C1824

Map of Van Dieman's Land. Map of Part of New South Wales.

Mapmaker:

William Home Lizars (1788 - 1859)

A scarce and attractive early map of New South Wales and Tasmania with insets of the towns of Hobart and Sydney. Reference key to places and features located top left corner of the New South Wales map. Rare map of … Read Full Description

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S/N: VIAVD-MAP-001–187172
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Details

Full Title:

Map of Van Dieman’s Land. Map of Part of New South Wales.

Date:

C1824

Mapmaker:

William Home Lizars (1788 - 1859)

Condition:

In good condition, with centre fold as issued.

Technique:

Hand coloured copper engraving.

Image Size: 

440mm 
x 300mm

Paper Size: 

500mm 
x 355mm
AUTHENTICITY
Map of Van Dieman's Land. Map of Part of New South Wales. - Antique Map from 1824

Genuine antique
dated:

1824

Description:

A scarce and attractive early map of New South Wales and Tasmania with insets of the towns of Hobart and Sydney. Reference key to places and features located top left corner of the New South Wales map.

Rare map of New South Wales from Newcastle (Port Hunter)  to Jervis Bay showing the extent of colonisation up to Throsby 1825.

The inset view looking west across present day Circular Quay, includes the hexagonal stone cottage named after Billy Blue, ‘an imposing Jamaican-born ex-convict and ferryman whom Governor Macquarie appointed constable and harbour master’.

The route of Throsby south of Sydney are shown.

Thorsby was one of the first settlers in the Illawarra district, where in November 1816 his stockmen already had a hut, and he was also one of the first to settle in the Moss Vale district. In August 1817 he explored the country west of Sutton Forest with Hamilton Hume, a family friend. In March and April 1818 he accompanied Surveyor-General James Meehan on a journey from the Cowpastures through Moss Vale to Bundanoon Creek and south-east to Jervis Bay; after the party divided Throsby reached the Shoalhaven River and Jervis Bay.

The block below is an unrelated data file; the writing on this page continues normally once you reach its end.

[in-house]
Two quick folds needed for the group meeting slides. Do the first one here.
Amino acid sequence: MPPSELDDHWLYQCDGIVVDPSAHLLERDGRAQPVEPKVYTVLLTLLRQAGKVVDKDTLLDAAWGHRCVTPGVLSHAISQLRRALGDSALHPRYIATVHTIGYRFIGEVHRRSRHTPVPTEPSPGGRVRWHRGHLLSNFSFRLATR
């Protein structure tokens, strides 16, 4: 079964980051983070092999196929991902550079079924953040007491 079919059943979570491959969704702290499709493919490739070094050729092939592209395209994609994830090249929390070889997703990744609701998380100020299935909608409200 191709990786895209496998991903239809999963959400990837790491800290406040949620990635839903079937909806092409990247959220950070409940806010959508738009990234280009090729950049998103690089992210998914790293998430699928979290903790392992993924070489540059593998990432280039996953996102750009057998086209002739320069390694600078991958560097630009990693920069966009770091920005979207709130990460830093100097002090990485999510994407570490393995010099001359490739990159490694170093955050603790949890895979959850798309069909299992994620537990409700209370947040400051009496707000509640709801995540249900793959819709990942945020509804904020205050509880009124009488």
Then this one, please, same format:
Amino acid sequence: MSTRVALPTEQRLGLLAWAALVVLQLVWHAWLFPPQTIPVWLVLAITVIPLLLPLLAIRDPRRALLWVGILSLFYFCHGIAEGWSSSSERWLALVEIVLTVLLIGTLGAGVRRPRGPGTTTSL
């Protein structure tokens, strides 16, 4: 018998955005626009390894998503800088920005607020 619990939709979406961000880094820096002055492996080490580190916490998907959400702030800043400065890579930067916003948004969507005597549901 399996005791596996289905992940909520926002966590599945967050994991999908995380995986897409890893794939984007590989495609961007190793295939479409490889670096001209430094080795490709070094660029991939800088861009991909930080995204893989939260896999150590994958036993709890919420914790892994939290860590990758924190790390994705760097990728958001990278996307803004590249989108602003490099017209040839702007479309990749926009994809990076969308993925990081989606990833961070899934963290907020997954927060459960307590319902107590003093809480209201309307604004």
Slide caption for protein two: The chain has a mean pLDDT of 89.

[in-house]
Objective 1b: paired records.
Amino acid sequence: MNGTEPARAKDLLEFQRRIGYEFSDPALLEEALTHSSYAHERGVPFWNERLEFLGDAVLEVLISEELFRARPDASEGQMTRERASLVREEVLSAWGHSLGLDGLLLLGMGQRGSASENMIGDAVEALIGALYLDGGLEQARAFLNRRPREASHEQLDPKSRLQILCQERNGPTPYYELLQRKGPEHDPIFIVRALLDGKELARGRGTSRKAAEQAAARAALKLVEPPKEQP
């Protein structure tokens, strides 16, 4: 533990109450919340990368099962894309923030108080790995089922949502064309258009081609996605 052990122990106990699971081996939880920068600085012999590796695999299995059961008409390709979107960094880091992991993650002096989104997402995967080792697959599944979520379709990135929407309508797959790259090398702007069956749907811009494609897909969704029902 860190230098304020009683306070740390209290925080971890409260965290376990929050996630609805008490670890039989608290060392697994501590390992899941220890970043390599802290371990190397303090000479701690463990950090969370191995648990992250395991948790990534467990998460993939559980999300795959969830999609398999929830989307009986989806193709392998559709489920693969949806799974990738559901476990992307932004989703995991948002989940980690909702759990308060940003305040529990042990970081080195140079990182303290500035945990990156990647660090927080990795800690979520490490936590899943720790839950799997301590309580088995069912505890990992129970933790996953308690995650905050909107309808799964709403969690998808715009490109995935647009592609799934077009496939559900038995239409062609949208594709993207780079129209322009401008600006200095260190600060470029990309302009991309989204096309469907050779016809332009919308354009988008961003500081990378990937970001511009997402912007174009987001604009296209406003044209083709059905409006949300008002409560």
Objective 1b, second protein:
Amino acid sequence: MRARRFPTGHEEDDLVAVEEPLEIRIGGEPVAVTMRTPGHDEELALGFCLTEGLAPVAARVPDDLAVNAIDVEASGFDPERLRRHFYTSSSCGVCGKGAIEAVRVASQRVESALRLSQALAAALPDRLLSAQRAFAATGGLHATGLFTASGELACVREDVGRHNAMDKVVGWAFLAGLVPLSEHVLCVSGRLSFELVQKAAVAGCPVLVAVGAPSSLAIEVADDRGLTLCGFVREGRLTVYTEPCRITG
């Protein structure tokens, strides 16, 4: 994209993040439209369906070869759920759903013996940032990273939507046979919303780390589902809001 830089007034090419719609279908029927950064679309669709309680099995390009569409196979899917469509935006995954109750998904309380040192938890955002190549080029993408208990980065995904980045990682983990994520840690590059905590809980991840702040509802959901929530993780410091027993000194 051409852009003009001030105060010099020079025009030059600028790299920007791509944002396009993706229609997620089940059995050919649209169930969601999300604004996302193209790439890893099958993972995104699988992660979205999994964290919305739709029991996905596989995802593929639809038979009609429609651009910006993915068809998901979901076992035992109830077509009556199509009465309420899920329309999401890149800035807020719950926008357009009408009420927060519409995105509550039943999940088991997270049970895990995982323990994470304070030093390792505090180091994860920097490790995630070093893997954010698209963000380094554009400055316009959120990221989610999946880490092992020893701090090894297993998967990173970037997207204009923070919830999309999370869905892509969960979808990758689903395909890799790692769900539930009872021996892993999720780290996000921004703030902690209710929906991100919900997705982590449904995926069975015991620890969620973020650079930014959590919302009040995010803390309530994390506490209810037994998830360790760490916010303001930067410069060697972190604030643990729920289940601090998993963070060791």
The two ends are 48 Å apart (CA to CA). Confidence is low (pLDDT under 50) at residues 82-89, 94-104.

In April 1819 he made a tour from the Cowpastures to Bathurst, opening up fertile country which Macquarie felt would meet the increase of settlers for many years; for this he granted Throsby 1000 acres, and also rewarded his companions and servants. In 1819 Throsby discovered a pass between the Illawarra and Robertson districts and successfully drove a herd of cattle through it. In March 1820 he explored the country around Goulburn and Lake Bathurst and penetrated as far as the Breadalbane Plains. Macquarie gave him superintendence over the building of the road from the Cowpastures to the new country, which was placed under the direction of Throsby’s servant Joseph Wild. In 1820 Macquarie visited the work party, which had reached the Cookbundoon Range, and gave Throsby’s estate in the new country the name of Throsby Park.

Additional notes such as, “Beautiful open country” and “well watered” were obviously intended for prospective emigrants.

References: Tooley 334 Plate 213

Collections:
National Library Australia:  Bib ID585715
State Library NSW: Call Numbers M2 811/1824/1

Mapmaker:

William Home Lizars (1788–1859)

Lizars was born at Edinburgh in 1788. He was an artist and engraver, the son of Daniel Lizars, and brother of the surgeon John Lizars.

His sister Jean (Jane) Home married Sir William Jardine.His father was a publisher and an engraver and Lizars was apprenticed to his father. He furthered his studies at the Trustees’ Academy, Edinburgh. Lizars took over his fathers business on his death. Lizars met J. J. Audubon in Edinburgh in October 1826  and agreed to publish Audubo Lizars perfected a method of etching which performed the functions of wood-engraving, for illustration of books.

He died in Edinburgh on 30 March 1859, leaving a widow and family. Lizars took an active part in the foundation of the Royal Scottish Academy.

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